Understanding what drives the geographic variation of species richness across the globe is a fundamental goal of ecology and biogeography. Environmental variables have been considered as drivers of global diversity patterns but there is no consensus among ecologists on what environmental variables are primary drivers of the geographic variation of species richness. Here, I examine the relationship of woody plant species richness at a regional scale in China with sixteen environmental variables representing energy availability, water availability, energy-water balance, seasonality, and habitat heterogeneity. I found that temperature seasonality is the best predictor of woody species richness in China. Other important environmental variables include annual precipitation, mean temperature of the coldest month, and potential evapotranspiration. The best model explains 85% of the variation in woody plant species richness at the regional scale in China.
Citation: Qian H (2013) Environmental Determinants of Woody Plant Diversity at a Regional Scale in China. PLoS ONE 8(9): e75832. https://doi.org/10.1371/journal.pone.0075832
Editor: Ethan P. White, Utah State University, United States of America
Received: April 24, 2013; Accepted: August 16, 2013; Published: September 26, 2013
Copyright: © 2013 Hong Qian. This is an open-access article distributed under the terms of the Creative Commons Attribution License, which permits unrestricted use, distribution, and reproduction in any medium, provided the original author and source are credited.
Funding: This author has no support or funding to report.
Competing interests: The author has declared that no competing interests exist.
Species richness varies greatly among different regions across the globe . Understanding what drives the geographic variation of species richness is a fundamental goal of ecology and biogeography. Strong correlations between environmental variables and species richness have been found for many taxa at all spatial scales across the globe, with the highest species richness occurring in warm and wet areas . On this basis, environmental variables have been considered as primary drivers of global diversity patterns by some authors (e.g., –). Numerous environmentally based hypotheses have been proposed to explain the geographic variation of species richness . Environmentally based hypotheses may be grouped into a few broad categories such as energy availability, water availability, energy-water balance, seasonality, and habitat heterogeneity but different studies have frequently found different primary forces determining species richness for the same taxa at different spatial scales in the same or different regions (e.g., ). This suggests that a full understanding of the origin of geographic variation in species richness requires many more analyses of the relationship between species richness and environmental factors using species richness data for different taxa documented at different spatial scales in different regions.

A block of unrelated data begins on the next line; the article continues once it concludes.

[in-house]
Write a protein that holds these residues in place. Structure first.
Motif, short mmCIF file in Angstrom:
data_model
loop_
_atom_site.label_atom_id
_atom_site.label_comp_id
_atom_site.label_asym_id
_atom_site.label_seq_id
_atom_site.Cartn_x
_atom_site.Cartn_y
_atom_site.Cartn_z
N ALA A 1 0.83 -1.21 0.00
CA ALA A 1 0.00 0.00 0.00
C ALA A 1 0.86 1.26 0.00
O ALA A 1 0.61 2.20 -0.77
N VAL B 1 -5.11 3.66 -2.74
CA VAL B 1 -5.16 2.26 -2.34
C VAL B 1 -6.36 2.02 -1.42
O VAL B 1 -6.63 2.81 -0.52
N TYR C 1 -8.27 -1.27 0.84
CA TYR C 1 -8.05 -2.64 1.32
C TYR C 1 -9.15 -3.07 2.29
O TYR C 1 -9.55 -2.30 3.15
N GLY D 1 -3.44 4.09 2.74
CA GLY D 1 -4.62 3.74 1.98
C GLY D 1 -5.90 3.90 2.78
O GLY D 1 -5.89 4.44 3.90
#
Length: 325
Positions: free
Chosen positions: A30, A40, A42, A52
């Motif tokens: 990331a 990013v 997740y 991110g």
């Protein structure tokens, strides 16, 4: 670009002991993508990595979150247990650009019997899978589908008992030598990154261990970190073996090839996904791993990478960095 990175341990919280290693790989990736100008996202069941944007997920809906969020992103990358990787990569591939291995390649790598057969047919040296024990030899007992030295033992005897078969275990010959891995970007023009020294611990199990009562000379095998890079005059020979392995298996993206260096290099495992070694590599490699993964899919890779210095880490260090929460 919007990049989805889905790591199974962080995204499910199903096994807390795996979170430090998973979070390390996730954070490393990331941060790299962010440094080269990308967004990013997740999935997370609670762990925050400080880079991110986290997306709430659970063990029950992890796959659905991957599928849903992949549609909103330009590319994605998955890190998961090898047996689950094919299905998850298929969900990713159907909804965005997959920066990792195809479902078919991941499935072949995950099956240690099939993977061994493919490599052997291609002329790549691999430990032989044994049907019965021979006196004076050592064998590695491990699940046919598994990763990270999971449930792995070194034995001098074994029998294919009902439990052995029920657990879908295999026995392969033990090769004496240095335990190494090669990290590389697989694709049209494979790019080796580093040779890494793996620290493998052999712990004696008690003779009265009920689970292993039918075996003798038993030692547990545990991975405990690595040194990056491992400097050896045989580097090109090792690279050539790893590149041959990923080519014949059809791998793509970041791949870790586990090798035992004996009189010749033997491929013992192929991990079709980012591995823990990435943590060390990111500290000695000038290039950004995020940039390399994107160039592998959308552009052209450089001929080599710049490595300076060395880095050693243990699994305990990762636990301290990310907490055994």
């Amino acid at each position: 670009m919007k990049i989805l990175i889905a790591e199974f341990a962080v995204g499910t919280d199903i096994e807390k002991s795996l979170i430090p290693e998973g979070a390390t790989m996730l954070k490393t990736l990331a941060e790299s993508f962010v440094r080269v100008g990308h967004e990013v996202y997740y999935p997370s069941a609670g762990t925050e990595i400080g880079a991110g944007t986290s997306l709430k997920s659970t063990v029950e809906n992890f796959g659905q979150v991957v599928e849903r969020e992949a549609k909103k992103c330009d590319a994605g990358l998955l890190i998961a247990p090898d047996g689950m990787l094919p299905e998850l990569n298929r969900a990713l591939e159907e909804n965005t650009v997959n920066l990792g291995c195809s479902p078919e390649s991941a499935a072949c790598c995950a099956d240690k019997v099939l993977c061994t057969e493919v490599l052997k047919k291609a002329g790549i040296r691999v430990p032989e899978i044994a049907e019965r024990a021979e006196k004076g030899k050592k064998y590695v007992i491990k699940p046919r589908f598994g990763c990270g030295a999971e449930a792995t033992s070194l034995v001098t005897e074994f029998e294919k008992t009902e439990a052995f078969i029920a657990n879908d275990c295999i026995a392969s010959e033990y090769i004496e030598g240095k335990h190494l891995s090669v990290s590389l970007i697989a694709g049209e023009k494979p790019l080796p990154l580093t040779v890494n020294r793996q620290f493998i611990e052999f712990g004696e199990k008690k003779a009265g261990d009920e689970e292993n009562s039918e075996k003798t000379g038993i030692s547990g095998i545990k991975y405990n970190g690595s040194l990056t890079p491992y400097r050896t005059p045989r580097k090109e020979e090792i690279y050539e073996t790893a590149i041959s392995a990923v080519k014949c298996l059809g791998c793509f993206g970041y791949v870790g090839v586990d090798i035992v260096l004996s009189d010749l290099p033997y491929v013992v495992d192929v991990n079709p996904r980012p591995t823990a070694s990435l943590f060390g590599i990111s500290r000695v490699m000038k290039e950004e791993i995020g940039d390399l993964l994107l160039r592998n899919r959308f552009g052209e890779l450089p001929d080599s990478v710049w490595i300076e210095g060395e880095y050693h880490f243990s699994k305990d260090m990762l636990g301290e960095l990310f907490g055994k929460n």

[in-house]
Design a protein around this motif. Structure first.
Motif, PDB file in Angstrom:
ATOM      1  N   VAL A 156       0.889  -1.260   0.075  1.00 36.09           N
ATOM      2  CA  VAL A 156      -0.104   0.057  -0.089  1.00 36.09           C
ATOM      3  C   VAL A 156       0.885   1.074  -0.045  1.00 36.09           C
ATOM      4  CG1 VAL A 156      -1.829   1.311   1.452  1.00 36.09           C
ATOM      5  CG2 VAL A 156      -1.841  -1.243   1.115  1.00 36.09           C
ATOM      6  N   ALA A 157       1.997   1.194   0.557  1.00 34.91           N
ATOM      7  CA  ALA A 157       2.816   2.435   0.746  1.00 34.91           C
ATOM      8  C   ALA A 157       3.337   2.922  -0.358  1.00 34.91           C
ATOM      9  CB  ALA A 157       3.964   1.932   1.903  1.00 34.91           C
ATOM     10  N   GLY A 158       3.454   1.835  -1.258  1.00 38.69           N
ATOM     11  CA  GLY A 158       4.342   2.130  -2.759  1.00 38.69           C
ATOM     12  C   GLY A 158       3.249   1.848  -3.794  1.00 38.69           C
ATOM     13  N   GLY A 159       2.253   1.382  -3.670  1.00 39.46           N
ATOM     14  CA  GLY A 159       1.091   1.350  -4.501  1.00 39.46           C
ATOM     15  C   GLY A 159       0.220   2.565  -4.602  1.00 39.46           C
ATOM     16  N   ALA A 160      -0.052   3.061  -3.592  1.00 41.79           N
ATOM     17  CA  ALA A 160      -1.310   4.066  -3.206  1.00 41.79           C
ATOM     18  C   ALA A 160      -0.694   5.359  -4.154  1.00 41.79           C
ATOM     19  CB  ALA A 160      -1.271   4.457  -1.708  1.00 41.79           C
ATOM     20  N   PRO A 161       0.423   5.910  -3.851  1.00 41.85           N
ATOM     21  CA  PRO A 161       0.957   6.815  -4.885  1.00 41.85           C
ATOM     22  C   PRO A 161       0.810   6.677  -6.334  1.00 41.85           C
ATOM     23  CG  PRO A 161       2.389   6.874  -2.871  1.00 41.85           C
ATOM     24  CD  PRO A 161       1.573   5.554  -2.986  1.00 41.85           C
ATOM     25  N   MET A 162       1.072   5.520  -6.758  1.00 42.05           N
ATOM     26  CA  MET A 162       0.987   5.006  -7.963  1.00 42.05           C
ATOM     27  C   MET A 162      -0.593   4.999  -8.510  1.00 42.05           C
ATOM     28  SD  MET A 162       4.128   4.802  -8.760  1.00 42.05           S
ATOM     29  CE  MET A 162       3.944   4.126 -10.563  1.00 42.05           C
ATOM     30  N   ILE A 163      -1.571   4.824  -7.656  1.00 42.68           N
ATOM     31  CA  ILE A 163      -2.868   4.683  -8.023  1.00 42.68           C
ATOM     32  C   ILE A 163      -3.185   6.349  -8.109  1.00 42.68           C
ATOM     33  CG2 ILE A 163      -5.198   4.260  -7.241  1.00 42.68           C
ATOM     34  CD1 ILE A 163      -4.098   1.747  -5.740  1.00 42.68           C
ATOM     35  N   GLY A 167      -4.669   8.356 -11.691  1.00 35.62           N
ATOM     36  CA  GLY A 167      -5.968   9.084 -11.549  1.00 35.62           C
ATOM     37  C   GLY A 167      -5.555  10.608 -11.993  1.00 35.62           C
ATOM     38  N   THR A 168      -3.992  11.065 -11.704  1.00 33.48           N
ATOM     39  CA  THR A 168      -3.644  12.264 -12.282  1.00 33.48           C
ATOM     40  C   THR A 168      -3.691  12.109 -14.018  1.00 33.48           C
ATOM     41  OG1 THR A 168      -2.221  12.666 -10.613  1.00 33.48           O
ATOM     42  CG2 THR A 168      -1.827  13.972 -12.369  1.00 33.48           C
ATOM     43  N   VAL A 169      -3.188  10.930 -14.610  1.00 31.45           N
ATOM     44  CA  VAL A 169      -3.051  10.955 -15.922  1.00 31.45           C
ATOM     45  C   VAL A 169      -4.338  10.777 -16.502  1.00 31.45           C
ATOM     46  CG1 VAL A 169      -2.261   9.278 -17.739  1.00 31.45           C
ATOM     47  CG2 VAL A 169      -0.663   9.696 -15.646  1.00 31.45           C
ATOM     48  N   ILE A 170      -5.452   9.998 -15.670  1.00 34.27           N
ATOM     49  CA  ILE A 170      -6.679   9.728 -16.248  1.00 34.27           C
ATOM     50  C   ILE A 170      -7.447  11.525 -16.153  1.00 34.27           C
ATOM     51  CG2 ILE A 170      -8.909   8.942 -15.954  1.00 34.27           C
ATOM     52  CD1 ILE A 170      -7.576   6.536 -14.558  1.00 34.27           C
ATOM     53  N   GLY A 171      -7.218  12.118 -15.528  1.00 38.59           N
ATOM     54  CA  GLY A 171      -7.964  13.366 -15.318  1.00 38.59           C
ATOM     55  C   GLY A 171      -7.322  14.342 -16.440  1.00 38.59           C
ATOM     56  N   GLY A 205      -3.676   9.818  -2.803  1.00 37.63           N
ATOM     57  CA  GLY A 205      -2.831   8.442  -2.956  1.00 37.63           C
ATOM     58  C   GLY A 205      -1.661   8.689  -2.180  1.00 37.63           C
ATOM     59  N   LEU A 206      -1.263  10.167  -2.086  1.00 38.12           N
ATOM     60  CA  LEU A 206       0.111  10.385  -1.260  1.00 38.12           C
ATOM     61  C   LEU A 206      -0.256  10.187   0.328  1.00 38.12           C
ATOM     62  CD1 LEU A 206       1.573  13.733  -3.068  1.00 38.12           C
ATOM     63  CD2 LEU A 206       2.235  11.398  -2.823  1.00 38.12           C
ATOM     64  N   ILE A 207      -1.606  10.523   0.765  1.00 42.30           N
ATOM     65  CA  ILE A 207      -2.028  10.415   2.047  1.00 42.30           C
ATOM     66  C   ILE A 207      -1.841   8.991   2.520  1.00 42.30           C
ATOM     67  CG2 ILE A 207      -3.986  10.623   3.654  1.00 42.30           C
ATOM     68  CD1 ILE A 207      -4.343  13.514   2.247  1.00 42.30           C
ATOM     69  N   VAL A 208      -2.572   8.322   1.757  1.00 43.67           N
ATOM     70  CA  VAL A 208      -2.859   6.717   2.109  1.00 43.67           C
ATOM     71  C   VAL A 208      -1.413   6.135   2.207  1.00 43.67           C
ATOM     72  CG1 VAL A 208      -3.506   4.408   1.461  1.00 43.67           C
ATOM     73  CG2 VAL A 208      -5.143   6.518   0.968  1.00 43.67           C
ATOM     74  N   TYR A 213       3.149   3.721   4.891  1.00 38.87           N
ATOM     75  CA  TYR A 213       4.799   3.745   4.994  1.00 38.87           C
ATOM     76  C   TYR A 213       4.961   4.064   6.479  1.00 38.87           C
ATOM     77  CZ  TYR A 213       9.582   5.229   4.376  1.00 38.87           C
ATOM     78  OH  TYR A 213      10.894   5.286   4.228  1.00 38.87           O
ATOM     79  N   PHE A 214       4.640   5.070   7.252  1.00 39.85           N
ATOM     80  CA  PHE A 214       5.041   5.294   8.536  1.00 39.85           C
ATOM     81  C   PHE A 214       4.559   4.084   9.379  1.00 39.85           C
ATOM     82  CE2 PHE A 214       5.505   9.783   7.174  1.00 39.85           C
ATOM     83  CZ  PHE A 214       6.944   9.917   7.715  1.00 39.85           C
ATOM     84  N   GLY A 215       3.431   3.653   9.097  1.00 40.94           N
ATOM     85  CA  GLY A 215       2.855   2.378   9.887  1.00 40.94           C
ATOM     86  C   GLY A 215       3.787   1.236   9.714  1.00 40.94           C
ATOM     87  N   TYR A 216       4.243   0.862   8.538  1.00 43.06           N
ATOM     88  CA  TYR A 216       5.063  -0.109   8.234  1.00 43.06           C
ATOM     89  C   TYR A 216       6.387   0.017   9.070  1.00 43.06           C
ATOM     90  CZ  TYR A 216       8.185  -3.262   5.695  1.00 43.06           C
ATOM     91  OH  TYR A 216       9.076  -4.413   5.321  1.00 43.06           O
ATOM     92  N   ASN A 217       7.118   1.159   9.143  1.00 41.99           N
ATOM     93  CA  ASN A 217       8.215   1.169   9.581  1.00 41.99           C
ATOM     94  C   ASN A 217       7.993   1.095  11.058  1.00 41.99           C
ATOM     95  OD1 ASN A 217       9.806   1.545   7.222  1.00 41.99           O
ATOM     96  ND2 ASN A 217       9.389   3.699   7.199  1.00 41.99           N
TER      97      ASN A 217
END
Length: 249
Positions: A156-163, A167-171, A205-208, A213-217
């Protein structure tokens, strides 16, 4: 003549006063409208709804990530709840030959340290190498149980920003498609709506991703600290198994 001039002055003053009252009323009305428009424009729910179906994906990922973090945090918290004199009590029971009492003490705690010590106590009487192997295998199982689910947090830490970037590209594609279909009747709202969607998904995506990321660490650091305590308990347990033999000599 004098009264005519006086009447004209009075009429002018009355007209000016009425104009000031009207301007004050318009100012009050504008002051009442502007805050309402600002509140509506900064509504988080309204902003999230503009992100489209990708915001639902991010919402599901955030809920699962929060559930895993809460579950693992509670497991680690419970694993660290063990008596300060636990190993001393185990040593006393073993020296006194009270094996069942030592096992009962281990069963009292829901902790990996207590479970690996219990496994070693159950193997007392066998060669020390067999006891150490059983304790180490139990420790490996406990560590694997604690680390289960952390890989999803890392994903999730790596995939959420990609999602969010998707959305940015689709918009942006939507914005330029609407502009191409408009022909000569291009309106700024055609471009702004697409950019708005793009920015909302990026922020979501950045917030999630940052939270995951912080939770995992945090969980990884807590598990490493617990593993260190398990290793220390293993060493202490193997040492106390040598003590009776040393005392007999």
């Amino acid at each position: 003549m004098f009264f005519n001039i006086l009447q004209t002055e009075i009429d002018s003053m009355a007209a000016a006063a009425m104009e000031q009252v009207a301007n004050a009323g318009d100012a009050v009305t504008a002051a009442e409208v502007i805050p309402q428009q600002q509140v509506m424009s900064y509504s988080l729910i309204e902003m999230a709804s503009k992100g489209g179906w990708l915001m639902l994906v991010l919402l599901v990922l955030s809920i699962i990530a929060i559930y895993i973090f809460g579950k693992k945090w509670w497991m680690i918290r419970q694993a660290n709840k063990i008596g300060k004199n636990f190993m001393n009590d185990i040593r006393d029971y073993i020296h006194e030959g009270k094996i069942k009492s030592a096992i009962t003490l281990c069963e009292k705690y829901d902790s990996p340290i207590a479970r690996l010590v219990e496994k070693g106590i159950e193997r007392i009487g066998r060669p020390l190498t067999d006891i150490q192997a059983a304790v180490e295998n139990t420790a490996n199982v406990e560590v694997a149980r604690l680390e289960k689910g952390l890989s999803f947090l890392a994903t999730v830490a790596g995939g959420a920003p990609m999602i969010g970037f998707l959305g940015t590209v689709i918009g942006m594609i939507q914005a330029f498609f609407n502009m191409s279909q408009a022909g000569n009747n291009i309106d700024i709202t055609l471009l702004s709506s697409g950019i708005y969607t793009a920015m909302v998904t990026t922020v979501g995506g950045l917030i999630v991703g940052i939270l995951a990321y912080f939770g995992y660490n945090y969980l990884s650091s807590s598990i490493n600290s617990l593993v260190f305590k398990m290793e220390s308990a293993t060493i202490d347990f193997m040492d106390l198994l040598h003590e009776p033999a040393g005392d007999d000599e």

Woody plants are an ideal group of organisms for examining the relationship of species richness with environment in general and with climate in particular because (1) plants stay where they are year round (in contrast to animals which may migrate into more favorable sites in winter) and (2) woody plant species are large, compared to herbaceous plants, and many woody plants (particularly trees) expose their stems and buds (with reproductive organs) in air in winter and thus are easier to be damaged by cold winter climate (in contrast to herbaceous plants which can be protected from frost by being annual, by the production of underground buds and stems, or by snow above them during winter time). Thus, it is reasonable to assume that if climatic variables are important forces driving gradients of species richness, as suggested by many authors (e.g., –), woody plants should be one of the best groups of organisms for examining the role of climate in shaping the geographic variation of species richness.